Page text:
According to the St Louis Business Journal, chief accounting officer Christopher Knibb sold his shares at an average $9.05 on February 8, which was valued at $53,000.
The St Louis Business Journal reported that Knibb told the Wall Street Journal he had sold off his shares because he planned to purchase a Florida condo, though the deal did not come to fruition.
He said he was unaware at the time of a customer defaulting on a coal purchase contract.
“I wouldn’t have sold shares if I had non-public information,” Knibb told the paper, noting that the sale was given the green light by Patriot’s chief financial officer and general counsel.
Knibb no longer works for Patriot. He now serves as chief accounting officer for mail order pharmacy firm Express Scripts.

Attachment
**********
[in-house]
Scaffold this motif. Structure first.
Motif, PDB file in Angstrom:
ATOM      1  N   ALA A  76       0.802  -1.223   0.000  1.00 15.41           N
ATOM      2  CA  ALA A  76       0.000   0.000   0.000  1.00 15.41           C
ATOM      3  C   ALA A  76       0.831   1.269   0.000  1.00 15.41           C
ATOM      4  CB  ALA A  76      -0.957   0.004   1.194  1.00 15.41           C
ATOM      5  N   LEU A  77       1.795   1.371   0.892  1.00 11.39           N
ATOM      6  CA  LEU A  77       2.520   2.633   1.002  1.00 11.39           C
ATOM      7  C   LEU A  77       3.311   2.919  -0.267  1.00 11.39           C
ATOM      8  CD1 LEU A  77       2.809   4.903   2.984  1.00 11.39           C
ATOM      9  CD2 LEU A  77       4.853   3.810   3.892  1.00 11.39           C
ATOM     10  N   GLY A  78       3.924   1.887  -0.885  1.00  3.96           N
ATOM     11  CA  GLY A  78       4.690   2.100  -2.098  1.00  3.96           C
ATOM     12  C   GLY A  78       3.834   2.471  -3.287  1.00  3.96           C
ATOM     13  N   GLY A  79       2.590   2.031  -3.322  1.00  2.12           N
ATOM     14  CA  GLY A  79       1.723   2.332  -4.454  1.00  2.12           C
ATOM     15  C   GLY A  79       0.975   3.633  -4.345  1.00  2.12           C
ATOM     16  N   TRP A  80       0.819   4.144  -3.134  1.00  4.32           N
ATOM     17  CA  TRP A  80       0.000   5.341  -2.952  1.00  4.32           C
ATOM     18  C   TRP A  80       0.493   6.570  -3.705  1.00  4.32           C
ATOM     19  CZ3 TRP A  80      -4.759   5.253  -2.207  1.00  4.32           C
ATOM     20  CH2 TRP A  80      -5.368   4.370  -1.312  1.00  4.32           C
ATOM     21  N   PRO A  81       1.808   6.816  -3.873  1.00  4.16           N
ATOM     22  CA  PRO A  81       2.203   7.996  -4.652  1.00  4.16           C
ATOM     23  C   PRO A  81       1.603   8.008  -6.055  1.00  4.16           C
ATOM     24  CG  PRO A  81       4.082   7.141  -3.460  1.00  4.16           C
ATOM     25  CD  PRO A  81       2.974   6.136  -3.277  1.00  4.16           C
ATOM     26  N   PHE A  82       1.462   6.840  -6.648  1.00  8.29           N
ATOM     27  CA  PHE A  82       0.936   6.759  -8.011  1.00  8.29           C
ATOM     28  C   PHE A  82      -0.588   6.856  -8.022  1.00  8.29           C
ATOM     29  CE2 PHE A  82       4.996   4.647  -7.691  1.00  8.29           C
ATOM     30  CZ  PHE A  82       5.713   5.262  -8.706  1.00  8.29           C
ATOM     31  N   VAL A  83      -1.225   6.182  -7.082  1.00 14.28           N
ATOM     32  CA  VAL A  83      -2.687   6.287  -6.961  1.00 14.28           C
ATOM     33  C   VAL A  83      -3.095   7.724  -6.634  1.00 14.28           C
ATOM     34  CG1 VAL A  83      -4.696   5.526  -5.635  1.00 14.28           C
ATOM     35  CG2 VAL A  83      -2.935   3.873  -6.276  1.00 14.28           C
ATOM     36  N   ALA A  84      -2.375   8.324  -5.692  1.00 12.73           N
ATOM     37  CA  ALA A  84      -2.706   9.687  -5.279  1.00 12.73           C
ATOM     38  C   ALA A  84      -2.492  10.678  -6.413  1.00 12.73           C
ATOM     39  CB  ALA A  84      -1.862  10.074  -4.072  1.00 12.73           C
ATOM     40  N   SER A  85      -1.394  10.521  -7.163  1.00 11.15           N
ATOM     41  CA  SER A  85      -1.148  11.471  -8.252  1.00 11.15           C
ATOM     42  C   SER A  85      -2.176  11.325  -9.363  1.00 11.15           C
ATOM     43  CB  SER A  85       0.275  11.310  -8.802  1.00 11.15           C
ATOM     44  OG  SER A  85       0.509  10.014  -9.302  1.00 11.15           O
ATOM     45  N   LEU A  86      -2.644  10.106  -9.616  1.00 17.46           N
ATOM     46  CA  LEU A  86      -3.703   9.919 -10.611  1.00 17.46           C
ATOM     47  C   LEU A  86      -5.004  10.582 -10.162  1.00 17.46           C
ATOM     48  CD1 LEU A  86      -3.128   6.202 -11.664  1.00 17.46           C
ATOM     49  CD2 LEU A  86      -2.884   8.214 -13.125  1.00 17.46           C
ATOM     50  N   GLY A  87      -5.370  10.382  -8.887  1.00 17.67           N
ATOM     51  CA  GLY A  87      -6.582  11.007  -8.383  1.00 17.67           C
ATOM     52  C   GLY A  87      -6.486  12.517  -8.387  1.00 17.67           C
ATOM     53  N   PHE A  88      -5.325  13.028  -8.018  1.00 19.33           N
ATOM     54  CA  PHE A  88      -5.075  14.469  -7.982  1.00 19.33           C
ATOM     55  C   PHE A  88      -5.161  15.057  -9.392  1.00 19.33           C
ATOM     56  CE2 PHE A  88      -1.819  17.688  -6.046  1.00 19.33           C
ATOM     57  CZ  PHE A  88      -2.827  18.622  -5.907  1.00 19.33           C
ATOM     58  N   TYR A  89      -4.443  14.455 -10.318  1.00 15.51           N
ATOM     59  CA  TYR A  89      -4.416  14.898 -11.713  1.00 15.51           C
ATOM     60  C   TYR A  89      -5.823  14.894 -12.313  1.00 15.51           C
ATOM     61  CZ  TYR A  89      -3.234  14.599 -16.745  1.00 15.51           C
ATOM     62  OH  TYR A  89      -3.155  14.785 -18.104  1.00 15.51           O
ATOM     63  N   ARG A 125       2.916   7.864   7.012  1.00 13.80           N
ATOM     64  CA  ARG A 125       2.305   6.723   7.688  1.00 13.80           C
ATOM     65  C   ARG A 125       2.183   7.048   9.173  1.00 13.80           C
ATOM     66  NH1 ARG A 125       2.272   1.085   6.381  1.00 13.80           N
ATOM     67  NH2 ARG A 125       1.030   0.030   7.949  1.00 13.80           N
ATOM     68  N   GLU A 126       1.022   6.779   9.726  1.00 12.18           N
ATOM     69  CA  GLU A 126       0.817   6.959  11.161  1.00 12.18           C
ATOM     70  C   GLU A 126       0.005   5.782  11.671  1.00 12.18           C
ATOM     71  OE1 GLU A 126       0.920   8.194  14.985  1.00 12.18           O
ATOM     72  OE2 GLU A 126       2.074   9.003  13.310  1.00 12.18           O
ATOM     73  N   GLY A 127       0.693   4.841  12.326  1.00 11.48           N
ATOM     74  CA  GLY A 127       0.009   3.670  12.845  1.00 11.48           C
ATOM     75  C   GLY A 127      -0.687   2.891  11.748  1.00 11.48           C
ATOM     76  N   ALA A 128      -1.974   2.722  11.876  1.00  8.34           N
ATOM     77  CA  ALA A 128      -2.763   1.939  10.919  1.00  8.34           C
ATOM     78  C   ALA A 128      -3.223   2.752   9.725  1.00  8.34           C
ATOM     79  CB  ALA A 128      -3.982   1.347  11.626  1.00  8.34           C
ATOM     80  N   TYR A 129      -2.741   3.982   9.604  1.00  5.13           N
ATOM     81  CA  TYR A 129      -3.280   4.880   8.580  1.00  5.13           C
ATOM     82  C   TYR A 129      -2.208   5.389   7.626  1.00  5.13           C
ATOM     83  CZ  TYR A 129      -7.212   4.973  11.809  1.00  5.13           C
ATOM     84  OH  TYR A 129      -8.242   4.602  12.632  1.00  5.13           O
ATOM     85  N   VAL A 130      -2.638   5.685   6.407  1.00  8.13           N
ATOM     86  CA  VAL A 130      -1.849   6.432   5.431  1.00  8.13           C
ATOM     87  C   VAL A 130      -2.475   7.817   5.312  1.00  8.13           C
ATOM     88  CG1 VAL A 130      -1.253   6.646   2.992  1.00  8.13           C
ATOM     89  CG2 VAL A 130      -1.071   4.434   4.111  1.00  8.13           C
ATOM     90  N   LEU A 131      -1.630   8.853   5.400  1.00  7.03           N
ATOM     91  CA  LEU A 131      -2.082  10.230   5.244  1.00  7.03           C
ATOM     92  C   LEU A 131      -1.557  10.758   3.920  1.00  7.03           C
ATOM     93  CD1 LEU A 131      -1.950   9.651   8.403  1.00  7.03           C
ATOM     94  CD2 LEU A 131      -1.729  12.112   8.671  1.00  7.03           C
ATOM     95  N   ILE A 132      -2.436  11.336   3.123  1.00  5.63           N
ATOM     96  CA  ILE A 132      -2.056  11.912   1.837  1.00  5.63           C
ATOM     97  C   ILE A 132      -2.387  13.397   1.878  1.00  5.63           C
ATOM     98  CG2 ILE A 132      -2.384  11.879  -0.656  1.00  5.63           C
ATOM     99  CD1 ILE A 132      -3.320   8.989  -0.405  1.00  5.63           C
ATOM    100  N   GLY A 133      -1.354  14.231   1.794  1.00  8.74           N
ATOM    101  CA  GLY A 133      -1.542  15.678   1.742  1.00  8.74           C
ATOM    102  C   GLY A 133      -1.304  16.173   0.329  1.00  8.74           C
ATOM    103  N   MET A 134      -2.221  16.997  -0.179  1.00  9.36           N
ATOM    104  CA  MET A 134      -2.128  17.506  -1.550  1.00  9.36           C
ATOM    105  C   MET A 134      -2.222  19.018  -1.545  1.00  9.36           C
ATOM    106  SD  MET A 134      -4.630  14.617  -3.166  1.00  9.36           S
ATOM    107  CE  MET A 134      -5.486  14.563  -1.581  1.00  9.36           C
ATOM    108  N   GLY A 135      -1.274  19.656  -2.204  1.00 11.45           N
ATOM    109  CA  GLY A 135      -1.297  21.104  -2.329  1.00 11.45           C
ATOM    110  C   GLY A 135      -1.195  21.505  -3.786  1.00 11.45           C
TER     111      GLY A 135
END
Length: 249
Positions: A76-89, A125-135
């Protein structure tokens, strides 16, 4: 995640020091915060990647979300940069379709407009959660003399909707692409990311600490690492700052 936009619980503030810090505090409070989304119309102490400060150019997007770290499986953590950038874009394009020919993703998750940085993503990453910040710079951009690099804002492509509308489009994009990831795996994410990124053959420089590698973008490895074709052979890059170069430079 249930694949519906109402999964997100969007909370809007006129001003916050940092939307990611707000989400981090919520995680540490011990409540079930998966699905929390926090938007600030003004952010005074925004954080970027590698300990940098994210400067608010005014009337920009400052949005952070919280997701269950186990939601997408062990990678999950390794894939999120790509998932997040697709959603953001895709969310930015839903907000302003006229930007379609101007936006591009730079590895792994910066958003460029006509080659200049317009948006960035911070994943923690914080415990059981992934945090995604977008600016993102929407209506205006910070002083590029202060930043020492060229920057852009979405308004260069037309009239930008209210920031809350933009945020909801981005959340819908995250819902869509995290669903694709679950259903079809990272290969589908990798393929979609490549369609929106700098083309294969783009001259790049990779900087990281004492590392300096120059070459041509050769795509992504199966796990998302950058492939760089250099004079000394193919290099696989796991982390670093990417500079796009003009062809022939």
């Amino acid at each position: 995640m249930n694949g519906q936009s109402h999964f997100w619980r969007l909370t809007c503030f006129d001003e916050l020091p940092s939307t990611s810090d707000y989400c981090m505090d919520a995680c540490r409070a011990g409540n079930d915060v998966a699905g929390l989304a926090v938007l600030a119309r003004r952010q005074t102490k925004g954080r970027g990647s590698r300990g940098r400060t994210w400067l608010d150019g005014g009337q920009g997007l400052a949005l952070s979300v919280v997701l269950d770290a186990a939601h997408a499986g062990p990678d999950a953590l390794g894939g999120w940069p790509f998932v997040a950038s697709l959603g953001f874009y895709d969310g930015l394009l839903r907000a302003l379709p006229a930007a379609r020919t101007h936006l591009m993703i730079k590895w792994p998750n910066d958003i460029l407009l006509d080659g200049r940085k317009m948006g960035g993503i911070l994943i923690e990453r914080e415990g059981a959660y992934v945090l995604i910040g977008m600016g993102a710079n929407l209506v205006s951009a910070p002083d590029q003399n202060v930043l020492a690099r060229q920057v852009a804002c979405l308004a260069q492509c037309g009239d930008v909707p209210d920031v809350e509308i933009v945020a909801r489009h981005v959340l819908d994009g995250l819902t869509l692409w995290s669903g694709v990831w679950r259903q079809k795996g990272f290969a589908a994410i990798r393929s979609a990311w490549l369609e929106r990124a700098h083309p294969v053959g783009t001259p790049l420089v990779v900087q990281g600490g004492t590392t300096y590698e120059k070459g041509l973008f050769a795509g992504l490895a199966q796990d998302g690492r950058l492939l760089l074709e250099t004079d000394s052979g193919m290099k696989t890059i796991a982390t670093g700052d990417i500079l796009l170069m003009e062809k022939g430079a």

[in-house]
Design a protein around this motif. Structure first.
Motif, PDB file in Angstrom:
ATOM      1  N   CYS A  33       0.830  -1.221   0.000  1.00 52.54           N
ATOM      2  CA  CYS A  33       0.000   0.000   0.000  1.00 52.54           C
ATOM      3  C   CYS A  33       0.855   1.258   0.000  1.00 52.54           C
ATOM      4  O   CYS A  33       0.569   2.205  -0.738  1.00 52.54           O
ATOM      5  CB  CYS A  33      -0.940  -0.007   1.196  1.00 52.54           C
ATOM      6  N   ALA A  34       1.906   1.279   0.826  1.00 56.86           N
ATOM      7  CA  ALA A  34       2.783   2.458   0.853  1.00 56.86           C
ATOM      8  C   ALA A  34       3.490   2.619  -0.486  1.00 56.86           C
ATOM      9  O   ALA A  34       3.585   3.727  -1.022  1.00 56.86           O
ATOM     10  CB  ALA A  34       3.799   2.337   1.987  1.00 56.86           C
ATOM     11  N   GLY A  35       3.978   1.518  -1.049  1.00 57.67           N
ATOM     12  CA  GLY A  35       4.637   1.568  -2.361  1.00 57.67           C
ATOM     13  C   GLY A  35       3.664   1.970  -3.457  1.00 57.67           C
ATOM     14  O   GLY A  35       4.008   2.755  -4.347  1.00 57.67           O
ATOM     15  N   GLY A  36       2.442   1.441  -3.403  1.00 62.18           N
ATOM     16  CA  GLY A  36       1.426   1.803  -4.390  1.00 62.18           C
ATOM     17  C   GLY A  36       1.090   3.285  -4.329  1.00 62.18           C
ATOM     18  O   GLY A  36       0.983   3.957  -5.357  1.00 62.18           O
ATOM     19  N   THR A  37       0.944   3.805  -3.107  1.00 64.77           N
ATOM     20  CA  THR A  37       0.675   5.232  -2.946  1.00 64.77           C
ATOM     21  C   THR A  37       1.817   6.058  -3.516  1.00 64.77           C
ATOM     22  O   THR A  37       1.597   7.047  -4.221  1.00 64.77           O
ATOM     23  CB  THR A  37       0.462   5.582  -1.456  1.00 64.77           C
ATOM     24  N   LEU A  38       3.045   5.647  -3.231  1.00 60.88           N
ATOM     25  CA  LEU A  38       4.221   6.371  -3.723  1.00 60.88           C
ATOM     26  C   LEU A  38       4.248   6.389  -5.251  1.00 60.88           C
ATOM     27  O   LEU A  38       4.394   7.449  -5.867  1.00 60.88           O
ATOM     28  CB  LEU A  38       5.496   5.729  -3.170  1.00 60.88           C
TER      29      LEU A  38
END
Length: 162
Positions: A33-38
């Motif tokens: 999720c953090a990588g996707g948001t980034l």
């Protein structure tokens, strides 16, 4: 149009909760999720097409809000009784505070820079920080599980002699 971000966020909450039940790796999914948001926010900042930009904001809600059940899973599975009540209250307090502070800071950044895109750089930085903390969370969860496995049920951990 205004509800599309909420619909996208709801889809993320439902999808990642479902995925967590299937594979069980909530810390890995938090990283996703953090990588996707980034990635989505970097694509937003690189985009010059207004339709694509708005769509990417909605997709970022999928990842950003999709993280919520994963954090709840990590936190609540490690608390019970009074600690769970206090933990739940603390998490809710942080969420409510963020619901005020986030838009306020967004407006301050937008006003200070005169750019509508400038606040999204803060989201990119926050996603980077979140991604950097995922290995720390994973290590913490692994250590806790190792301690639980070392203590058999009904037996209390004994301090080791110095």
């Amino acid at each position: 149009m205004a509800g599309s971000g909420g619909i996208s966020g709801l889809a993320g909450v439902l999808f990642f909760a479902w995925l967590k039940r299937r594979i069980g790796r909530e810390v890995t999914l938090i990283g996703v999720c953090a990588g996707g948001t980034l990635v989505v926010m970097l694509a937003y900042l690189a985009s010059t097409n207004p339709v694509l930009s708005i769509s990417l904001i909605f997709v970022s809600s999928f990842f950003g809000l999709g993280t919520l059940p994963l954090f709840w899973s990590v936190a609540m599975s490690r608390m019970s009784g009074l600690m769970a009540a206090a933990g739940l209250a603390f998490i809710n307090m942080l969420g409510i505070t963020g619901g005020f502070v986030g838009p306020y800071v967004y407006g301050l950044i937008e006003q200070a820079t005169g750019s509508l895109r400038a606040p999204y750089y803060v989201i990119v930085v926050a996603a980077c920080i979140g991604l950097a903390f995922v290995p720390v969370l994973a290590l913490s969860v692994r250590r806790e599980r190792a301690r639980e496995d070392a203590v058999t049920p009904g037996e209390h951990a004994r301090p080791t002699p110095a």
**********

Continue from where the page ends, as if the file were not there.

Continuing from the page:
The St Louis Business Journal noted that Knibb had made his way into WSJ as part of a feature on how corporate insider trading shifts in the time prior to a company’s bankruptcy filing. He was one of seven individuals mentioned.
Patriot’s serious financial difficulties came to light in late 2011, when the coal markets saw a significant drop and demand and prices fell.
By the start of 2012, the Missouri-based producer had cut 1200 jobs – or a quarter of its staff – and took large slices from its production plan.
The producer ultimately filed for Chapter 11 bankruptcy in New York on July 9, 2012.
At the time, it listed more than $1 billion in assets and liabilities.
The case was ultimately moved to the US Bankruptcy Court in St Louis.
Patriot was initially spun off from Peabody Energy in 2007. The following year it acquired Arch spin-off Magnum Coal.